We can probably all agree that time slows down painfully when someone is reading our work in draft, yes?
Recently a writer friend directed my attention to a piece in the Sept/Oct 2010 issue of Poets & Writers Magazine. Kevin Nance interviewed novelists and poets about the people they ask to read first drafts and what they expect from them.
He wrote, “Once a writer and first reader connect, they negotiate, consciously or not, what type of feedback, what level of criticism, the writer hopes to receive. Is she looking for analysis on a micro or macro level? Close line-editing or big-picture observations, especially those related to structure? More important, does the reader understand what’s going on? Are the characters and/or voices authentic and internally consistent? Are the writer’s messages and themes coming through? Is it interesting? Does it produce an emotional response?”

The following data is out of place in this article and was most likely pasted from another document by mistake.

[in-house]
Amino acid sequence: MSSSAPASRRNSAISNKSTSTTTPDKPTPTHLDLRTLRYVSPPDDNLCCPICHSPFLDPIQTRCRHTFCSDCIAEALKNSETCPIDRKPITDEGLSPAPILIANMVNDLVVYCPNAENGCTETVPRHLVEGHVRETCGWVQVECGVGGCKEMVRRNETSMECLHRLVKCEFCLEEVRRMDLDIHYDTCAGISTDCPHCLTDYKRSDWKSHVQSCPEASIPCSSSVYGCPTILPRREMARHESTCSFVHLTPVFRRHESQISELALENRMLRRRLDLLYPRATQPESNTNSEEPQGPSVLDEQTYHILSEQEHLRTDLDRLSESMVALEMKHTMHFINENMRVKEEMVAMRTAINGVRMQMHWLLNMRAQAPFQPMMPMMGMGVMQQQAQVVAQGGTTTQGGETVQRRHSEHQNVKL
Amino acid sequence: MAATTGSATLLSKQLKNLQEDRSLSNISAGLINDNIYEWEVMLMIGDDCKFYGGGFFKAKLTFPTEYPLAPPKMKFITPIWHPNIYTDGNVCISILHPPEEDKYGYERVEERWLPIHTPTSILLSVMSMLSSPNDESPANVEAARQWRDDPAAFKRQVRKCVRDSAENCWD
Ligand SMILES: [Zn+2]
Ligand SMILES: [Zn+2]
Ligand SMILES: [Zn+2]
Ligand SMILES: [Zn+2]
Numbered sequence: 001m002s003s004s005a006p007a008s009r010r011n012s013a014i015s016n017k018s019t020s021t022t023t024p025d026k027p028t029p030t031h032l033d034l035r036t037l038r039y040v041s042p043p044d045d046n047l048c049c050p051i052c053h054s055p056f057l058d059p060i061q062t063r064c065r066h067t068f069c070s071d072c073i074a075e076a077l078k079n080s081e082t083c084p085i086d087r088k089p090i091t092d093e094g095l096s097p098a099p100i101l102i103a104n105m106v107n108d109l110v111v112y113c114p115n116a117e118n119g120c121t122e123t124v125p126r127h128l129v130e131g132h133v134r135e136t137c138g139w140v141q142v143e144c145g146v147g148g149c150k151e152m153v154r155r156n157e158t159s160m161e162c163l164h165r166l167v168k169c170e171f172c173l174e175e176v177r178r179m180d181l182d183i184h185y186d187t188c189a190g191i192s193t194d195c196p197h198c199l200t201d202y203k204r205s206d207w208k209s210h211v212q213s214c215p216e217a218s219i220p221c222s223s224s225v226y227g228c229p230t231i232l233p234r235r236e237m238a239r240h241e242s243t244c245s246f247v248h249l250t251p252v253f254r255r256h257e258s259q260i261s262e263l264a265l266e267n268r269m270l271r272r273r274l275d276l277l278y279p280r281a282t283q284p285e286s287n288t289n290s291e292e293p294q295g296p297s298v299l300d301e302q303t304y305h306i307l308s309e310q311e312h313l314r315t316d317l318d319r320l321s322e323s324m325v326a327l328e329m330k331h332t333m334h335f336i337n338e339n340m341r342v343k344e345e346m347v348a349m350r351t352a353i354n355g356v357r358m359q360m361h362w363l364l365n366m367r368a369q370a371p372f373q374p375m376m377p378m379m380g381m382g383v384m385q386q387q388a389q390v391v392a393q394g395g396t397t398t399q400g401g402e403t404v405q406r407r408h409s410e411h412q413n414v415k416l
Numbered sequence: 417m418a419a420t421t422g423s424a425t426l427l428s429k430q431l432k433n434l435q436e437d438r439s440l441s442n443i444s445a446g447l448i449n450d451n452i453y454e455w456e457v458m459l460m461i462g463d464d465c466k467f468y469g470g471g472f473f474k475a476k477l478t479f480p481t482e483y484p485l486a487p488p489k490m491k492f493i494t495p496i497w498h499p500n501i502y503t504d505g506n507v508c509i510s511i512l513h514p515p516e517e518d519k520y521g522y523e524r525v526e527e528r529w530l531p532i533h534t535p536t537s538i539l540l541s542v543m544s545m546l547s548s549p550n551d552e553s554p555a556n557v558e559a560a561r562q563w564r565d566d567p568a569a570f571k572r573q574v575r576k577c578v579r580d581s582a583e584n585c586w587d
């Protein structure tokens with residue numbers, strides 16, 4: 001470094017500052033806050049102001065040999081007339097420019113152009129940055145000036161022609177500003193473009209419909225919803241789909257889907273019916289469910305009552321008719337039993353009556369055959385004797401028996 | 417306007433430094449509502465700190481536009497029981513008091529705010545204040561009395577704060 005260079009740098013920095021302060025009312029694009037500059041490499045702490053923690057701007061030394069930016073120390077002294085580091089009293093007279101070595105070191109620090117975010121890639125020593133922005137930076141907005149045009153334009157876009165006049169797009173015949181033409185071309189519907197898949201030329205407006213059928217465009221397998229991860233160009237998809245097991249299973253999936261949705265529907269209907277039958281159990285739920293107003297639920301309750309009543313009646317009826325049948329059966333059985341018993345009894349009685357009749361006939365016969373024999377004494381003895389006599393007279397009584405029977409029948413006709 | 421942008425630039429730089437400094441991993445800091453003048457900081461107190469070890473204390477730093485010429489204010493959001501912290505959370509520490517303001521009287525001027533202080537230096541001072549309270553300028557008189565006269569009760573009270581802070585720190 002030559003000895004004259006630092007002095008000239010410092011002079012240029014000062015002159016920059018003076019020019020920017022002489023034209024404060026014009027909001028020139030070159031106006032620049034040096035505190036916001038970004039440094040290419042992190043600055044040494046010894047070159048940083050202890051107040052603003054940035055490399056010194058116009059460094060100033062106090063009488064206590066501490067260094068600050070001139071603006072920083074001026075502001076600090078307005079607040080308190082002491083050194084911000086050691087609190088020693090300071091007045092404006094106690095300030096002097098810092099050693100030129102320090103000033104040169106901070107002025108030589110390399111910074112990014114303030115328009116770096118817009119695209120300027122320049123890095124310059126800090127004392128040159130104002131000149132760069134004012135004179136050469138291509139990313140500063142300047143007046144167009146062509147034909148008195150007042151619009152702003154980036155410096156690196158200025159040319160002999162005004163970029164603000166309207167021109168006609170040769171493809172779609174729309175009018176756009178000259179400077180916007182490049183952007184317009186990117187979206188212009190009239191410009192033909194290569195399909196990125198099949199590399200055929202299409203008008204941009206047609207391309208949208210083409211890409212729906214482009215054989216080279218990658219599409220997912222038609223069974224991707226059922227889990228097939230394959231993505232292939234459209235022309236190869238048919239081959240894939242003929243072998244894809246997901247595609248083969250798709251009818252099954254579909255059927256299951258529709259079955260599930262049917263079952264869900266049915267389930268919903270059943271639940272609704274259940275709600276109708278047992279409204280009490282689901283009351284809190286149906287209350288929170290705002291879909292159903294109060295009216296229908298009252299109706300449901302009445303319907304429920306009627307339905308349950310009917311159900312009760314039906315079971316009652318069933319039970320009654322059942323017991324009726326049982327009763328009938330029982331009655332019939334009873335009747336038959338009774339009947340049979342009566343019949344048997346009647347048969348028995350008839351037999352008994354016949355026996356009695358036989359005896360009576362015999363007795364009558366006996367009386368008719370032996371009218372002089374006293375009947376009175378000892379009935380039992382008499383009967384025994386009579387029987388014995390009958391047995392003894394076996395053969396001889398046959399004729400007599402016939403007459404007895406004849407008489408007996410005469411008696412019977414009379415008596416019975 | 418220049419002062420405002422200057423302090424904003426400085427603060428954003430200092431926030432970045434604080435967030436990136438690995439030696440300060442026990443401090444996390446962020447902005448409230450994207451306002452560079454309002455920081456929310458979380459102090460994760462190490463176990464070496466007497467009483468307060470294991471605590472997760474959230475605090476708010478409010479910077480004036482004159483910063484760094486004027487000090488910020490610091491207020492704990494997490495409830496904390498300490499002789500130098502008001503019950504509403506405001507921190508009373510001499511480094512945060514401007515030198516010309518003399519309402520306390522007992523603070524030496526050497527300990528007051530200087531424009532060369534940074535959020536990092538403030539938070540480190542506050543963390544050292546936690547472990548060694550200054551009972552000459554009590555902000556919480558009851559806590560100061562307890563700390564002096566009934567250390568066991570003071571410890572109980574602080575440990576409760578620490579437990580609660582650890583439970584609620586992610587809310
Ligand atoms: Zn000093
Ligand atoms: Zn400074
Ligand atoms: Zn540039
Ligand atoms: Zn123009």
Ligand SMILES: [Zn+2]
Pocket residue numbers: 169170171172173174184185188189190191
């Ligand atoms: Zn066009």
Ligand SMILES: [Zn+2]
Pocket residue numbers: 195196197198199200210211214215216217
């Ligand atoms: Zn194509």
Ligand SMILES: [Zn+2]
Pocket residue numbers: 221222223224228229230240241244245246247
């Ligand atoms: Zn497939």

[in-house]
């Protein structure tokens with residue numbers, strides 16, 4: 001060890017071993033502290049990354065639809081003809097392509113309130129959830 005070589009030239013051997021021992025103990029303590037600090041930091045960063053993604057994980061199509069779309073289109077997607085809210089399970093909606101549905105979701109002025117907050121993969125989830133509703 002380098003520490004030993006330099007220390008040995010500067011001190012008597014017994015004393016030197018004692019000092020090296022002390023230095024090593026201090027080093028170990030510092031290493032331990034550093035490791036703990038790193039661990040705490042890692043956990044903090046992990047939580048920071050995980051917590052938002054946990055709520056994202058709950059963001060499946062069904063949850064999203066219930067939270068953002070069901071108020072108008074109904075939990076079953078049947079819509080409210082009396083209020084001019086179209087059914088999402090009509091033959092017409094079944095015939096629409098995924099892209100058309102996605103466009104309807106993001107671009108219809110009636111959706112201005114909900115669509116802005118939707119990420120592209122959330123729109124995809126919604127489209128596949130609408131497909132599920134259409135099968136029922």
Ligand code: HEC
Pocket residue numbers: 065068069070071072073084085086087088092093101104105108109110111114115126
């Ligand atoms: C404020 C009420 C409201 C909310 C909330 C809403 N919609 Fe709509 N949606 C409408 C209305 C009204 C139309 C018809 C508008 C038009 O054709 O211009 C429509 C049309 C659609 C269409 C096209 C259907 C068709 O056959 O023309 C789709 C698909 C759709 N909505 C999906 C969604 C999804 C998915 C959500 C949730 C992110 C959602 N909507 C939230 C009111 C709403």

When you decide your work is ready to be read for the first time, who do you ask for feedback? A spouse? A friend? Your writers group? What type of feedback to you expect? Have your first reader experiences been helpful or hurtful?